Despite ballot certification, Duggan foes vow challenge
Despite the 2-1 vote of the Detroit Election Commission, whose decision was anchored on the city’s new charter to retain mayoral candidate Mike Duggan on the ballot, his challengers are vowing to take the issue straight to court.
Candidate Tom Barrow, who raised Duggan’s residency as a technical flap that shouldn’t allow him on the August primary ballot, is promising to campaign against Duggan’s candidacy, which he calls “Aanother suburban transplant taking over the reigns of the city. We already had a failed experiment with Dave Bing and the parachuting in of a Livonia mayor only works for Republican money interests, not everyday Detroiters.”
Robert Davis, a labor activist, said he is going to court to fight the issue. Duggan campaign lawyer Melvin “Butch” Hollowell, in an interview with the Michigan Chronicle, said the issue is “not really a close legal question,” because Duggan has met the requirements of the new charter. “I think the election commission did the right thing,” Hollowell said. “This was about having access to the ballot which is an important part of election law all around the country.”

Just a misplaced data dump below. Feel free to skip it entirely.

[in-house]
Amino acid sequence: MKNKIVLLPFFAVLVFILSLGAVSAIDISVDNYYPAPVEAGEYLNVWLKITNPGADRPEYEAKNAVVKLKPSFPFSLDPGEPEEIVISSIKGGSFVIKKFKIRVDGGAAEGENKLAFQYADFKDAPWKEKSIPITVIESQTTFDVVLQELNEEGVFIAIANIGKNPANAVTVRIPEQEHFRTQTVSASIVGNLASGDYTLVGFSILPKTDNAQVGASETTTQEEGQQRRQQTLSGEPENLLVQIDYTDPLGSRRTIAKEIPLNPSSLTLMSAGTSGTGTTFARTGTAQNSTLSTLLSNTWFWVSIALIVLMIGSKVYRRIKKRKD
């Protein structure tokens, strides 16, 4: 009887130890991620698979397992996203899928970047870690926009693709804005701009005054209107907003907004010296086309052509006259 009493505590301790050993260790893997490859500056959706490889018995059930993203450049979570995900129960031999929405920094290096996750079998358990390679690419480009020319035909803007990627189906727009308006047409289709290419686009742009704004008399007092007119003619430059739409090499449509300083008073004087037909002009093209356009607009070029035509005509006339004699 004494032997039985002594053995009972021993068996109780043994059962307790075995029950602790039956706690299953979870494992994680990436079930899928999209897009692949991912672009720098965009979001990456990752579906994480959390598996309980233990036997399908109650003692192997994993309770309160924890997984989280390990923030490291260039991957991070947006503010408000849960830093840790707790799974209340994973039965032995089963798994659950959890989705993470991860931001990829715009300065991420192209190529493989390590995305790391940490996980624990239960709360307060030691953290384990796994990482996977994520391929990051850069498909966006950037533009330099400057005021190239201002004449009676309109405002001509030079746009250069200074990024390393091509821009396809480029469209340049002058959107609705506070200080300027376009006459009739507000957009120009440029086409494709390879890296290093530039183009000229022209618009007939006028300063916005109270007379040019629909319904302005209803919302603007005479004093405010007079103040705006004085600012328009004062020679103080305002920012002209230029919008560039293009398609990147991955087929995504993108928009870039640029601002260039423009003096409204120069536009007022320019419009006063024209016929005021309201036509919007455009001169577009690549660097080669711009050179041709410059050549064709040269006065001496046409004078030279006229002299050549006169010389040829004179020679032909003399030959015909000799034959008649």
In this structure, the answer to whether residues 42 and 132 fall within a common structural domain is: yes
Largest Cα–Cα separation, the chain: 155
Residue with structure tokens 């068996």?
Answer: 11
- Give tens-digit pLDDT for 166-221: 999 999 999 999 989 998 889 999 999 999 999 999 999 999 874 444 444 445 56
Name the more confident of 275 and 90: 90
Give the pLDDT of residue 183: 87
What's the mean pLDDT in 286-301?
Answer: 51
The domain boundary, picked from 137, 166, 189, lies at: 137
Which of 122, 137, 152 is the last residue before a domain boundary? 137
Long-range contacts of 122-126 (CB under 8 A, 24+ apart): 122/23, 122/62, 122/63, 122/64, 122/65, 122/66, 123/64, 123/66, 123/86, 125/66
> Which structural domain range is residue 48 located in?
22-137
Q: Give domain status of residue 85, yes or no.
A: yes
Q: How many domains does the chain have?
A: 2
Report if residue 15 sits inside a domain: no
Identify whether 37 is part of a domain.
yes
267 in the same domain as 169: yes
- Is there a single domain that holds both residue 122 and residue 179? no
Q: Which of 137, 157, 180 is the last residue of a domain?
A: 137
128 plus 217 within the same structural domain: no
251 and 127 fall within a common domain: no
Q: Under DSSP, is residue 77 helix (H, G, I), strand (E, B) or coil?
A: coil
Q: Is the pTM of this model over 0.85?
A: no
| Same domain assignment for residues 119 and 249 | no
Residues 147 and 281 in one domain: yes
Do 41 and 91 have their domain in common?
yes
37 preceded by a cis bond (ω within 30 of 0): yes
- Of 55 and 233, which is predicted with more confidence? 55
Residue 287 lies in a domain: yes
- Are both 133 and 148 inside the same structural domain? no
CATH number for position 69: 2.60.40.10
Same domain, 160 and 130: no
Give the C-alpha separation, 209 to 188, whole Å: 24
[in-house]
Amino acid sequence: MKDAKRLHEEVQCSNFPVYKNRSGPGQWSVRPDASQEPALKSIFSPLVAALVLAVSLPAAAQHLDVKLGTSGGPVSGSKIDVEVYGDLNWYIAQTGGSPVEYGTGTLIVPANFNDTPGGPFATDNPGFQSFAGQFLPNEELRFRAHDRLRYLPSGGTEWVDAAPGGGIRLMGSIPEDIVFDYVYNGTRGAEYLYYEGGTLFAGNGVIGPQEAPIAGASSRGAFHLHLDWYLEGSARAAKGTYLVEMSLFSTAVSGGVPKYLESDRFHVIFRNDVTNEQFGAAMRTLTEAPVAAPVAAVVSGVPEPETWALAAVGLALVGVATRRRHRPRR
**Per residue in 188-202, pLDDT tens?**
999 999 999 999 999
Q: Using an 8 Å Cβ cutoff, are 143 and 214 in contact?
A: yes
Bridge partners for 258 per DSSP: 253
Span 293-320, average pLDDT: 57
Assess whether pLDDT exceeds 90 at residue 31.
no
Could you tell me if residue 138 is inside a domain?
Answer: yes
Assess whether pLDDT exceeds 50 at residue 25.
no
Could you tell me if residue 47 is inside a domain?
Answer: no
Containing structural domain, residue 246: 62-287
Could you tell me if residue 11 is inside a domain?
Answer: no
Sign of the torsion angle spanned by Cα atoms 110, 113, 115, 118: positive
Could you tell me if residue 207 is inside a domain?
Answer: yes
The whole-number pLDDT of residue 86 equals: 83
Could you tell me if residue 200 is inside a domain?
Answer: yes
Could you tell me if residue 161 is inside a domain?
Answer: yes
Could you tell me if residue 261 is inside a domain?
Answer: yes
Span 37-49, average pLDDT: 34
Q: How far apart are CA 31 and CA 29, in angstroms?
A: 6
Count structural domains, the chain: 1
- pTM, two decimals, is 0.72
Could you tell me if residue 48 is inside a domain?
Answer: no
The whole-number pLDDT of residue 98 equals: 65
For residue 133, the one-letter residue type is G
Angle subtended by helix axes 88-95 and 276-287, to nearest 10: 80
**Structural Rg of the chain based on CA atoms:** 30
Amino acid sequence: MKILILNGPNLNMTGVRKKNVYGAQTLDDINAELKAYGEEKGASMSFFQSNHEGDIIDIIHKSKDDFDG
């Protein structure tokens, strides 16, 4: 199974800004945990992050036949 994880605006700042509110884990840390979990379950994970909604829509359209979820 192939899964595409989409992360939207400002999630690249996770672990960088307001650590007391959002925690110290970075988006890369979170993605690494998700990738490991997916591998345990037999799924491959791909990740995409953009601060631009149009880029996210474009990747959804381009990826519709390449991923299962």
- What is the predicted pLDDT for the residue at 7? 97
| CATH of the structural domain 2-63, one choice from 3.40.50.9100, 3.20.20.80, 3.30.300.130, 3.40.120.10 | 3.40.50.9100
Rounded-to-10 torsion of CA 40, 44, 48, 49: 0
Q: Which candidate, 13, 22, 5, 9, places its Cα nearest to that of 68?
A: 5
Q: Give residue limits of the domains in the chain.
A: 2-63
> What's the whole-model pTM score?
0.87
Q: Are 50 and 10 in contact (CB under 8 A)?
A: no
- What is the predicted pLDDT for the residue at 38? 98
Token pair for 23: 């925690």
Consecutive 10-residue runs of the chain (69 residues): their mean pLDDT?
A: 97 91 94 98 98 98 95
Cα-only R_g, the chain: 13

According to Hollowell, with today’s ruling the campaign now shifts away from what he describes as “small issues like technicality and allows us to focus on the larger issues such as when you call a police, will they come?” Detroit Election Commission members Detroit City Clerk Janice Winfrey and interim corporation counsel Edward Keelean voted for Duggan to remain on the ballot while the third member, City Council President Charles Pugh, opposed.